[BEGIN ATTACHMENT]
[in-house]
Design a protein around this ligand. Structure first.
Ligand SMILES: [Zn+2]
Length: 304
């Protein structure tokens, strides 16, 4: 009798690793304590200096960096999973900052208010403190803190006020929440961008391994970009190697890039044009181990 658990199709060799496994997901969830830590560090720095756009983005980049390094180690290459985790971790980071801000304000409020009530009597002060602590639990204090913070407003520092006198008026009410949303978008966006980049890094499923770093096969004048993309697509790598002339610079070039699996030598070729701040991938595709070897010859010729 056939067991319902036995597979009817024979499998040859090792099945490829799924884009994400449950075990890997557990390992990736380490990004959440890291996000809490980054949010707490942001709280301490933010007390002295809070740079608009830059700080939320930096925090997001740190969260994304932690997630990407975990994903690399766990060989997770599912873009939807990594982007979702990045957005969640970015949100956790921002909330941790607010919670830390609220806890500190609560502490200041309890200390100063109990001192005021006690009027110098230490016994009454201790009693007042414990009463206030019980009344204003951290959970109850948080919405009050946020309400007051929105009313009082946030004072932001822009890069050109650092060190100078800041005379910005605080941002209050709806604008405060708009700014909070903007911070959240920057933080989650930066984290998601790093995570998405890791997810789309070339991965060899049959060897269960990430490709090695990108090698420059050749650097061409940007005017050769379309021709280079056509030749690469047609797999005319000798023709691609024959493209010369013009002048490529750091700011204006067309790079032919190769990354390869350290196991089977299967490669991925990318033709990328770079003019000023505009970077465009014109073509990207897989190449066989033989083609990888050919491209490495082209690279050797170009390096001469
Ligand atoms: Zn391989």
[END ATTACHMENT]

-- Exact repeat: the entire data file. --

[in-house]
Design a protein around this ligand. Structure first.
Ligand SMILES: [Zn+2]
Length: 304
């Protein structure tokens, strides 16, 4: 009798690793304590200096960096999973900052208010403190803190006020929440961008391994970009190697890039044009181990 658990199709060799496994997901969830830590560090720095756009983005980049390094180690290459985790971790980071801000304000409020009530009597002060602590639990204090913070407003520092006198008026009410949303978008966006980049890094499923770093096969004048993309697509790598002339610079070039699996030598070729701040991938595709070897010859010729 056939067991319902036995597979009817024979499998040859090792099945490829799924884009994400449950075990890997557990390992990736380490990004959440890291996000809490980054949010707490942001709280301490933010007390002295809070740079608009830059700080939320930096925090997001740190969260994304932690997630990407975990994903690399766990060989997770599912873009939807990594982007979702990045957005969640970015949100956790921002909330941790607010919670830390609220806890500190609560502490200041309890200390100063109990001192005021006690009027110098230490016994009454201790009693007042414990009463206030019980009344204003951290959970109850948080919405009050946020309400007051929105009313009082946030004072932001822009890069050109650092060190100078800041005379910005605080941002209050709806604008405060708009700014909070903007911070959240920057933080989650930066984290998601790093995570998405890791997810789309070339991965060899049959060897269960990430490709090695990108090698420059050749650097061409940007005017050769379309021709280079056509030749690469047609797999005319000798023709691609024959493209010369013009002048490529750091700011204006067309790079032919190769990354390869350290196991089977299967490669991925990318033709990328770079003019000023505009970077465009014109073509990207897989190449066989033989083609990888050919491209490495082209690279050797170009390096001469
Ligand atoms: Zn391989």